BDO Automotive have observed that the gap in Dealership profitability is widening.
On average, Dealers are achieving a net profit to sales of approximately 2% and have done so for decades now. However, whereas once results were crowded around that 2%, we have observed over the last five years in particular that the results are much more scattered, with a greater dispersion of individual Dealer results towards the upper and lower extremes of the profitability band, as demonstrated by the following illustration.
Of course there have always been Dealers at the extremes, which typically reflects management capability, culture, employee engagement, fortune of the brand/s and geography, but why are we now seeing a greater concentration than ever before of Dealer profitability toward the extremes?
What is new? What is driving the profit divide? Why is the gap widening?
BDO’s view is that the incentives-based model perpetuated by the manufacturers is driving the profit divide. That is the financial incentive that manufacturers have placed – and therefore the greater dependence that Dealers have – on achieving manufacturer incentives (for stock, target achievement, customer satisfaction and non-quantitative measures) in order to achieve profitability. As a generalisation, ‘smaller Dealers’ are unable to leverage the incentives-based model to the same extent as their larger counterparts; in fact, the incentives-based model works against them.
The selling gross of new cars continues to decline, which ideally would be substituted by incentives achieved, but Dealers do not live in an ideal world relative to their ability to leverage the incentive-based model. Consider this generalisation: larger Dealers have the capacity to maximise those incentives by, for example, absorbing greater volumes of stock (relative to their size) to their smaller competitors, which then allows them to manage the applicable bonuses to offset lost selling gross and, in effect, become price leaders in a market that is increasingly exposed to the customer’s ability to compare price using the internet as the enabler. By contrast, smaller Dealers have less capacity to absorb stock spikes and achieve lower incentives relative to their turnover, yet remain at the mercy of the price setting in the market. In summary, their grosses will reflect those of the larger Dealers but their capacity to substitute lost gross with incentives is diminished.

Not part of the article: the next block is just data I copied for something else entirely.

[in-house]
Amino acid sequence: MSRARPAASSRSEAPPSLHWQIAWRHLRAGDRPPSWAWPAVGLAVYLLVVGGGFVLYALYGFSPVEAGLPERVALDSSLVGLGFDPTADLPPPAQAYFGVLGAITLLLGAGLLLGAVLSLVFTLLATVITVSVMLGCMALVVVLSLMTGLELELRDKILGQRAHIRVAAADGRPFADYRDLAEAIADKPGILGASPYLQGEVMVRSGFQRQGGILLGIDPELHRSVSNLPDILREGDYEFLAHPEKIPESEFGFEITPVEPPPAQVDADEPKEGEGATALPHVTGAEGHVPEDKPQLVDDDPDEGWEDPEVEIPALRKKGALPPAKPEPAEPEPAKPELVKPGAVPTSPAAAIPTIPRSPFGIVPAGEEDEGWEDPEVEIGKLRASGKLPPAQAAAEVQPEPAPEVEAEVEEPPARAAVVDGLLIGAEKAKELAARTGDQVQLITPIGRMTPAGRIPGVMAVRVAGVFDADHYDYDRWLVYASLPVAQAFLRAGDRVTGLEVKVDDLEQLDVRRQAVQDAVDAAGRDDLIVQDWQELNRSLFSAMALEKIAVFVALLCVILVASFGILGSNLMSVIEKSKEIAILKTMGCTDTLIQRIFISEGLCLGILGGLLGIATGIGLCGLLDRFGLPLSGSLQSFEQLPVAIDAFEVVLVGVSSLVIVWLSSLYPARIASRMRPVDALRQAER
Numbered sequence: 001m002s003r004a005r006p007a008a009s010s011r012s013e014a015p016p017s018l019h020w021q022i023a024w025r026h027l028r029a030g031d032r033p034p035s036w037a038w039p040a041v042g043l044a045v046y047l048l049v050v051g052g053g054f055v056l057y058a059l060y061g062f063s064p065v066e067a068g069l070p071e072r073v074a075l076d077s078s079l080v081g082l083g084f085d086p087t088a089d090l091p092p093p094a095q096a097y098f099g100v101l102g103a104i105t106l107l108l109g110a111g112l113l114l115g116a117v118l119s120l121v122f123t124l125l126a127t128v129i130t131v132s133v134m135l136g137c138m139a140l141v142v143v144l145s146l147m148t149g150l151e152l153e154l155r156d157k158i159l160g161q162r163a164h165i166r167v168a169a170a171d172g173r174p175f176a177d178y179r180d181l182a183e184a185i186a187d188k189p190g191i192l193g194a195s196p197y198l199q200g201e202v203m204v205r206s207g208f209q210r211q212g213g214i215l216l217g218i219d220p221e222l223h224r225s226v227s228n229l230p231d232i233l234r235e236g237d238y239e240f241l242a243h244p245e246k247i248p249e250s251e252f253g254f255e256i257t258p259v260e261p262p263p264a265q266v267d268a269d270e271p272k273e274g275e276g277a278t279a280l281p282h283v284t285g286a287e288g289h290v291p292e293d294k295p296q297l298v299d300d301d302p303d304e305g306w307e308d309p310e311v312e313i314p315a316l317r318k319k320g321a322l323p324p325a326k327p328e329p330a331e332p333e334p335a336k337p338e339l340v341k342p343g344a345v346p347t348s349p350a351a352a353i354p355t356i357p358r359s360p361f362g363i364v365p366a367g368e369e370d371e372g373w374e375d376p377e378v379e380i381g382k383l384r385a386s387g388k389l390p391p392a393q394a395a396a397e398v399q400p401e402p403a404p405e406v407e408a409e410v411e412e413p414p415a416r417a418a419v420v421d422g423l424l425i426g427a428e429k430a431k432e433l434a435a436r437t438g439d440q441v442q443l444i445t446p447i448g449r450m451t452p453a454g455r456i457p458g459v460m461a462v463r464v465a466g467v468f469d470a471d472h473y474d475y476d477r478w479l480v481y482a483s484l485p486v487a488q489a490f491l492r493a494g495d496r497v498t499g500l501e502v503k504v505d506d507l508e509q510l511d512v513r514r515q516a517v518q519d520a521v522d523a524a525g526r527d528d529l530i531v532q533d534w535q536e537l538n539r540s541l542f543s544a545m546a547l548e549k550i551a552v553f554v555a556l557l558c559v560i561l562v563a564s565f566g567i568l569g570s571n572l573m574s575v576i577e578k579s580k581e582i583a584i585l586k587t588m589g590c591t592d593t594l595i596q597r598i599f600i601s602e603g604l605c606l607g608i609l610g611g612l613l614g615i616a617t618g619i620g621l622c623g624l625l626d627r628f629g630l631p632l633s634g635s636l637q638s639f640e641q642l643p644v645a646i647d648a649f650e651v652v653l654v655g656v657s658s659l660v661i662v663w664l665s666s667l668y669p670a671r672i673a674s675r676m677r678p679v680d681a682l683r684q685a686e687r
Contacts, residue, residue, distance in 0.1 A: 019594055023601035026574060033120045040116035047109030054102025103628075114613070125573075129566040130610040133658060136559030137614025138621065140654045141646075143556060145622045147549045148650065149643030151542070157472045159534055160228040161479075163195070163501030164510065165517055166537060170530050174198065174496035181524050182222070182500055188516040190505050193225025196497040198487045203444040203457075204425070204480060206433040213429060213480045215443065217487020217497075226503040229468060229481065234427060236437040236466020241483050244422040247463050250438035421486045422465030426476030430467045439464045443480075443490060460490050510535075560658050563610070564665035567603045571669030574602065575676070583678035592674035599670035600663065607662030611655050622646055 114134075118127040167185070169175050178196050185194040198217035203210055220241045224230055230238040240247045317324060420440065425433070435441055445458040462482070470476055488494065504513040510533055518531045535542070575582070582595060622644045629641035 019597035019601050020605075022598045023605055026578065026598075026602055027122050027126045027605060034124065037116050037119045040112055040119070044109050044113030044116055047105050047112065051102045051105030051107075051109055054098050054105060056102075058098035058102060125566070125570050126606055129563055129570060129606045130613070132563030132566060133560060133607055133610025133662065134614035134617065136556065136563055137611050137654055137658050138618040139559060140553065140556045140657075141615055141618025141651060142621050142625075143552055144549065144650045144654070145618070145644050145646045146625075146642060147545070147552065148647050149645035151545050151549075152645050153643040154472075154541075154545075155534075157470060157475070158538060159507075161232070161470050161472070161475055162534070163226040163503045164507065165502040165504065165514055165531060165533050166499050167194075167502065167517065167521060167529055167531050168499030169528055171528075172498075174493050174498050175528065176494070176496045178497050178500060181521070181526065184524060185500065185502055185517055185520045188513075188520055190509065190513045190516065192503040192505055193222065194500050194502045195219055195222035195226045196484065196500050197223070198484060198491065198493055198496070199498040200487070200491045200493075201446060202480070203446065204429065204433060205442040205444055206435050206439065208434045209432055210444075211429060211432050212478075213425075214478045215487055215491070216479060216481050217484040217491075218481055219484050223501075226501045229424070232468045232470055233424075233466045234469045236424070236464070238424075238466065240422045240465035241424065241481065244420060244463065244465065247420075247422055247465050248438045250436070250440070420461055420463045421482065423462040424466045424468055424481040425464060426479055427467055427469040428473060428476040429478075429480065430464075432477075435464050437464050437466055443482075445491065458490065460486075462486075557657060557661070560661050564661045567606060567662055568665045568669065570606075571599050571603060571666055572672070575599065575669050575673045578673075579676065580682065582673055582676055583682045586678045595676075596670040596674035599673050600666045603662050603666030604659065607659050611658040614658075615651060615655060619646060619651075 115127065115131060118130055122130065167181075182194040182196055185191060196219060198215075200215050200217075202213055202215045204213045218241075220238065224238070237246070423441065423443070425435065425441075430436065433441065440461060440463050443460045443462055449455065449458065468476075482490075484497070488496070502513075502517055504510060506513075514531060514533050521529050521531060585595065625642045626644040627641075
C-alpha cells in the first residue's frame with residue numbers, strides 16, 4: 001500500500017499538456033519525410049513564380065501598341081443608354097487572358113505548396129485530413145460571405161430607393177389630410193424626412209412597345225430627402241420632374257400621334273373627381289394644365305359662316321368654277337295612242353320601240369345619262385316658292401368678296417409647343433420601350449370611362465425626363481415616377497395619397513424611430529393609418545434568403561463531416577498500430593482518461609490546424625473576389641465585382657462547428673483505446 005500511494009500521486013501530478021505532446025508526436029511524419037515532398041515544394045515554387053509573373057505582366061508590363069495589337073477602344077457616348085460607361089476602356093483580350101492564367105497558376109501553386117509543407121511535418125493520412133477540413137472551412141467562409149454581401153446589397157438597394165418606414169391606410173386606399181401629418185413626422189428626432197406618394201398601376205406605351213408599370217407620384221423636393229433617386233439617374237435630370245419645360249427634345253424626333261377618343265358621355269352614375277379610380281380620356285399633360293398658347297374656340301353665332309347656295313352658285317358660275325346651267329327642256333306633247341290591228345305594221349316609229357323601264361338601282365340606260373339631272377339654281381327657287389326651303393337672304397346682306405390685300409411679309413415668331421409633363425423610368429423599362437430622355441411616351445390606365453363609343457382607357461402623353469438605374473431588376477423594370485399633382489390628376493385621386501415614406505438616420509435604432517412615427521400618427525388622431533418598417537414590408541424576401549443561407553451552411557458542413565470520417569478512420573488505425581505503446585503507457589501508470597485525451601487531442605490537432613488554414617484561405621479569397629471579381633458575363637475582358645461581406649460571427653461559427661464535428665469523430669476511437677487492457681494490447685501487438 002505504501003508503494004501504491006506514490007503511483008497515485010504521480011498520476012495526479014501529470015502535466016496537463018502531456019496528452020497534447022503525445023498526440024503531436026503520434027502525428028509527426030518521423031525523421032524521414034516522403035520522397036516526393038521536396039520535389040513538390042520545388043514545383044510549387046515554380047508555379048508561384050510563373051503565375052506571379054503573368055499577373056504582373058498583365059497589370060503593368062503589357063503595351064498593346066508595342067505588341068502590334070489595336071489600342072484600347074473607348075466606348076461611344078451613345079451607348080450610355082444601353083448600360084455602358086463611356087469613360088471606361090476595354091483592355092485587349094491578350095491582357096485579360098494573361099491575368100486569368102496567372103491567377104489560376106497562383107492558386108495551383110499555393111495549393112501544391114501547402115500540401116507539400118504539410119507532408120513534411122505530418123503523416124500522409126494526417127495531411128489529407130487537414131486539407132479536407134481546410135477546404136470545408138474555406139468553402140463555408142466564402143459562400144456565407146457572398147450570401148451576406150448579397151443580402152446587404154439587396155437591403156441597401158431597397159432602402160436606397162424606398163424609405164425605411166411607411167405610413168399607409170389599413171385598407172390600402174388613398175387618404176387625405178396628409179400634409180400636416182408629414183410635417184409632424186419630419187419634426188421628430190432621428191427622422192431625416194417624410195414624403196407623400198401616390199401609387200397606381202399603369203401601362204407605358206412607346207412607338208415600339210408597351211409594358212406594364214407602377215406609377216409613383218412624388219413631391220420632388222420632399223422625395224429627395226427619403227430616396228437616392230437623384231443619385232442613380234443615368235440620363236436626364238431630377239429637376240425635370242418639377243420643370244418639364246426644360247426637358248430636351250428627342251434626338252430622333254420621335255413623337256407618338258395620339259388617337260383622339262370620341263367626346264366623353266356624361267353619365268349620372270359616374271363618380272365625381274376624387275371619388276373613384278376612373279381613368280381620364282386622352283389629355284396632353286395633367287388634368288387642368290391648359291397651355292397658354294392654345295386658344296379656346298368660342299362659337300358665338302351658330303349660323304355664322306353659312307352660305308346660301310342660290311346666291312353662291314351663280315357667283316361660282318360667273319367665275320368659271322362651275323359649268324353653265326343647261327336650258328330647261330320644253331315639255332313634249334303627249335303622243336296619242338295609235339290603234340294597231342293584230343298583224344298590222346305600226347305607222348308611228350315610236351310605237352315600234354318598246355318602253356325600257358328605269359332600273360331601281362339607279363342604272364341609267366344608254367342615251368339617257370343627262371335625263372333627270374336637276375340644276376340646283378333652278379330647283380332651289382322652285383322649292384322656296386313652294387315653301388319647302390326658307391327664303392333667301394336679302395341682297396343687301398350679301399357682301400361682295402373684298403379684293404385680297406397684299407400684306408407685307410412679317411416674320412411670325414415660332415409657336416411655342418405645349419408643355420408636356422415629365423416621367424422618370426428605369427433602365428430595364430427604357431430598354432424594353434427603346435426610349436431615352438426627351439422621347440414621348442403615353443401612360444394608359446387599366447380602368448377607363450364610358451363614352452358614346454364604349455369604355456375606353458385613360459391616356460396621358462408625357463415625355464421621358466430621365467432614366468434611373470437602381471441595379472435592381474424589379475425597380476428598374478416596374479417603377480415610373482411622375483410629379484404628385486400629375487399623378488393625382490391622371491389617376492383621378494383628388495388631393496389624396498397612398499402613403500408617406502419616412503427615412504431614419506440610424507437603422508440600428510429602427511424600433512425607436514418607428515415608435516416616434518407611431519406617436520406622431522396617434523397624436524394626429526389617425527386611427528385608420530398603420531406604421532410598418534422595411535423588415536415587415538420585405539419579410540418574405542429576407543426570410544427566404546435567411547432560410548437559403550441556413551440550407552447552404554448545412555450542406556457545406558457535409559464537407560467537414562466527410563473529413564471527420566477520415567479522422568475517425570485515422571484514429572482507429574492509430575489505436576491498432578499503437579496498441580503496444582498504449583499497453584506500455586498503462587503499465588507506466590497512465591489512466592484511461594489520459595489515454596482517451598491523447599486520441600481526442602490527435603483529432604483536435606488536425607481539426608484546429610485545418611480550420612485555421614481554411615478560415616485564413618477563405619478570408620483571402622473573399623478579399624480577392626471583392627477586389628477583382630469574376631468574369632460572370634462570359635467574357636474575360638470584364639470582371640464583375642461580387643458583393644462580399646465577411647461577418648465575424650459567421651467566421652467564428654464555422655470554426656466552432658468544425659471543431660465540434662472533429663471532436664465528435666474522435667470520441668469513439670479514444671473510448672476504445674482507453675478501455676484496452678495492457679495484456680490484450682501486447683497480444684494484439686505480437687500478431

BDO are observing as a general rule that ‘smaller Dealers’ are and will continue to be a challenging proposition when it comes to achieving profitability at industry averages. To give the ‘smaller Dealers’ some definition, we refer to them as Dealers with less than $20 million annual turnover and a 20% combined market share of the brands they represent. There are exceptions of course, but where one of the above measures is true then profitability is likely to be challenging, and when both are true then achieving profitability is extremely challenging.
Arguably, the increasing application of financial incentives by the manufacturers as a method of rewarding the behaviours of Dealers to align to their own goals continues to drive industry consolidation, which further accentuates the consolidators’ (typically the ‘larger Dealers’) ability to access financial improvements and decrease risk.
Should you wish to discuss this observation further please contact BDO’s National Automotive Leader, Mark Ward, by email at email@example.com.